Suspense, or something like it…

2007 October 28
by Dante

Before I get into this post, I must come clean: in younger years, I was a Halloween FREAK. Monster movies, legends, haunted houses, trick-or-treating… I was in for all of it. Then, in 1995, the mood left me entirely. I couldn’t get excited about the holiday any more (I hadn’t trick-or-treated for at least 3 years at that point, but it hadn’t stopped me yet) and I couldn’t muster anything more than a passing handwave as I handed kids their hyper-sugar haul.

I never have gotten to the bottom of why this is, but nonetheless I find my thoughts returning to suspense and horror this year.

Is there a way to do this right?

I have made several attempts at suspense and horror in some of my campaigns, and I am sad to say that I am a better consumer of this genre than I am a creator. All of my attempts generally failed, some spectacularly, and I have pretty much written off any attempt at being able to do this genre justice myself, but I have seen it done.

Our college DM provided us with some of the most chilling scenes of torture that I have beheld since, and he used many classic elements.


By machinations of plot, the characters arrived in a situation where they were isolated from one another and stripped of their weapons and abilities (spellcasters had their hands broken in a grisly fashion). This not only removed most normal means of diffusing the situation, but also heightened the sense of urgency for the other characters that were within earshot of the grisly acts that would occur.

Specific, Terrible Pain

Like any good torture film, the DM went on to act individually on one member of our party (played by our very own Stupid Ranger) and explained the acts of torture in such gory detail that it still makes Stupid Ranger cringe to this day when it is mentioned.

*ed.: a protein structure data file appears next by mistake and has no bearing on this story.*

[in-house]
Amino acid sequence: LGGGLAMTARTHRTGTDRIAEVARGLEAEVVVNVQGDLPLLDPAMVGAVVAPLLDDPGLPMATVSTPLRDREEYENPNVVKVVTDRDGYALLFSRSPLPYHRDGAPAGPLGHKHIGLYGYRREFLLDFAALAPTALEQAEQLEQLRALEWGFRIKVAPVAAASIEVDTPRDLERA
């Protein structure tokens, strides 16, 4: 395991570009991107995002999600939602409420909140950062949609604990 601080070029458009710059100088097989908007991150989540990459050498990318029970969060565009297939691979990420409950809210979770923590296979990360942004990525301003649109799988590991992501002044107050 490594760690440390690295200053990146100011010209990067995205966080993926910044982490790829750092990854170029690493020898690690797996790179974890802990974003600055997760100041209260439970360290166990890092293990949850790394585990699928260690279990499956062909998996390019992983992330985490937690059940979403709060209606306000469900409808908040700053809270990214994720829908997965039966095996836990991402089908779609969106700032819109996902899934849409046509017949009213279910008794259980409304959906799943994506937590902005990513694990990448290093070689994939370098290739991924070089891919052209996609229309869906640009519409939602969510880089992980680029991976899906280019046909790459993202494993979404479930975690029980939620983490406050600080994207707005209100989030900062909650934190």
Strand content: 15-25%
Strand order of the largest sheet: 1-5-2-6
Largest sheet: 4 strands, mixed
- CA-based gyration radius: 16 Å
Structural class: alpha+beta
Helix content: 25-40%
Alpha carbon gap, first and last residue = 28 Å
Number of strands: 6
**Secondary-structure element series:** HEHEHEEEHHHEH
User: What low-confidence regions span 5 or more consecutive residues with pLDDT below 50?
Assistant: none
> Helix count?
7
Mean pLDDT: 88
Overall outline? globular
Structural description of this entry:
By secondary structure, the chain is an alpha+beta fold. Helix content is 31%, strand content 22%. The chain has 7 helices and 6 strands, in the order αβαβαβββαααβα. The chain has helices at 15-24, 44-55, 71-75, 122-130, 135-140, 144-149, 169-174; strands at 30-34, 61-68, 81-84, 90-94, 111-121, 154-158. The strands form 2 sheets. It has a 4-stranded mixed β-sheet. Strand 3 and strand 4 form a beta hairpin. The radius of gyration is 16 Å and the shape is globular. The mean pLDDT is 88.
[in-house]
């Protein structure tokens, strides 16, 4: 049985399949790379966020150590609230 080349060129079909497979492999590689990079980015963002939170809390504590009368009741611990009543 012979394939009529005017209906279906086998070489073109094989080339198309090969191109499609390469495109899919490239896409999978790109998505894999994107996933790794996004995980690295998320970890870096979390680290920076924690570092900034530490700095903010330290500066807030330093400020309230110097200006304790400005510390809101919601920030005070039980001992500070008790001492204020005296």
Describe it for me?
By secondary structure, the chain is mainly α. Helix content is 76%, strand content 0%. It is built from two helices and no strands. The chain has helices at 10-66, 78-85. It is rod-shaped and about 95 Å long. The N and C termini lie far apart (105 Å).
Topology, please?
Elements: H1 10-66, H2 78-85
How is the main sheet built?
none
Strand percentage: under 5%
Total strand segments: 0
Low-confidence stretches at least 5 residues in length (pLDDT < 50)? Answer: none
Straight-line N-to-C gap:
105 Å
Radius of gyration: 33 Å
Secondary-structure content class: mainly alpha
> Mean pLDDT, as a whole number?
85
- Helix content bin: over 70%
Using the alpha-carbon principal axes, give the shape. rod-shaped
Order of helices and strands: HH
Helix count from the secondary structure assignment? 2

The vivid use of specifics and the descriptions that the DM chose to expand upon was what really painted the scene. It was made even more real by the fact that the rest of the characters did not know who or what was causing the anguished cries, nor could they really do much to effect the situation. After some vain attempts to break free ended in failure, the characters resigned themselves to the scenario which gave the DM license to really get inside the characters heads. This is what made the entire scene so horrifying.

Suspended in-game reality

This was done entirely outside of the realm of a system or rules, it was all storytelling. Knowing when and how to craft a situation that can exist outside of the system of rules is a tricky thing, especially when your characters can possess skills such as bluff and diplomacy that can seriously screw with a horrific scene.

This is not a skill that I have mastered, in fact I have extreme difficulty in making a situation that leaves so few paths out that I can exact my plan of suspense, fear, or intrigue. Matters become even worse when the players can see the plot coming, and have mentally prepared themselves for whatever badness was about to happen. That’s when out of character comments can really ruin the mood, and I don’t have much good advice for getting around situations like that.

My trouble with terror

My trouble with successfully executing a horror or suspense scene is usually the drawn out system of rules, coupled with the fact that obfuscating details or creating unseen twists usually leads to player frustration and disengagement in our group.